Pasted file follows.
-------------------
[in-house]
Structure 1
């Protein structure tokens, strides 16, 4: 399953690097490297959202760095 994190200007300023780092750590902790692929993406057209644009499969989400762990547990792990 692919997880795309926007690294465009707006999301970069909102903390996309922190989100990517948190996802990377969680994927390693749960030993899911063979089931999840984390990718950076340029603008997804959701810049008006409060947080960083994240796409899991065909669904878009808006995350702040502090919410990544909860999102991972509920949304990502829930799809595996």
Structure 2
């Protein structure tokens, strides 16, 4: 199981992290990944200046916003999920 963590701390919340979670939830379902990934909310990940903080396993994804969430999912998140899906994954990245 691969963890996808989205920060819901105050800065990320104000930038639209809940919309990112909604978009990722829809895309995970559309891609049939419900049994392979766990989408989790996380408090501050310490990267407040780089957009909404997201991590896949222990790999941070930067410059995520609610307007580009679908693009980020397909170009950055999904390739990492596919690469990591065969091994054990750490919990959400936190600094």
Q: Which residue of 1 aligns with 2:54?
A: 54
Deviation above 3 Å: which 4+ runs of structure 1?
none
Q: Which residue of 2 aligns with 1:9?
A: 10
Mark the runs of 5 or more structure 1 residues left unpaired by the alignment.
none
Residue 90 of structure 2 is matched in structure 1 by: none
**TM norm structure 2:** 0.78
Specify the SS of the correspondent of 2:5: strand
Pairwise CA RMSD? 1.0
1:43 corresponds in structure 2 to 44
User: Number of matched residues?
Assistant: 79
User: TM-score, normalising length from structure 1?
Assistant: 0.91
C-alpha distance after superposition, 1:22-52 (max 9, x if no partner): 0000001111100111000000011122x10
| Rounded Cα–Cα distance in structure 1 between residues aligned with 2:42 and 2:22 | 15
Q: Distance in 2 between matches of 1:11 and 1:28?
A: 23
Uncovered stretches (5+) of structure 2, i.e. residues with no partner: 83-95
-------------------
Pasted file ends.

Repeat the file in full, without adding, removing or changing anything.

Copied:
[in-house]
Structure 1
């Protein structure tokens, strides 16, 4: 399953690097490297959202760095 994190200007300023780092750590902790692929993406057209644009499969989400762990547990792990 692919997880795309926007690294465009707006999301970069909102903390996309922190989100990517948190996802990377969680994927390693749960030993899911063979089931999840984390990718950076340029603008997804959701810049008006409060947080960083994240796409899991065909669904878009808006995350702040502090919410990544909860999102991972509920949304990502829930799809595996």
Structure 2
């Protein structure tokens, strides 16, 4: 199981992290990944200046916003999920 963590701390919340979670939830379902990934909310990940903080396993994804969430999912998140899906994954990245 691969963890996808989205920060819901105050800065990320104000930038639209809940919309990112909604978009990722829809895309995970559309891609049939419900049994392979766990989408989790996380408090501050310490990267407040780089957009909404997201991590896949222990790999941070930067410059995520609610307007580009679908693009980020397909170009950055999904390739990492596919690469990591065969091994054990750490919990959400936190600094």
Q: Which residue of 1 aligns with 2:54?
A: 54
Deviation above 3 Å: which 4+ runs of structure 1?
none
Q: Which residue of 2 aligns with 1:9?
A: 10
Mark the runs of 5 or more structure 1 residues left unpaired by the alignment.
none
Residue 90 of structure 2 is matched in structure 1 by: none
**TM norm structure 2:** 0.78
Specify the SS of the correspondent of 2:5: strand
Pairwise CA RMSD? 1.0
1:43 corresponds in structure 2 to 44
User: Number of matched residues?
Assistant: 79
User: TM-score, normalising length from structure 1?
Assistant: 0.91
C-alpha distance after superposition, 1:22-52 (max 9, x if no partner): 0000001111100111000000011122x10
| Rounded Cα–Cα distance in structure 1 between residues aligned with 2:42 and 2:22 | 15
Q: Distance in 2 between matches of 1:11 and 1:28?
A: 23
Uncovered stretches (5+) of structure 2, i.e. residues with no partner: 83-95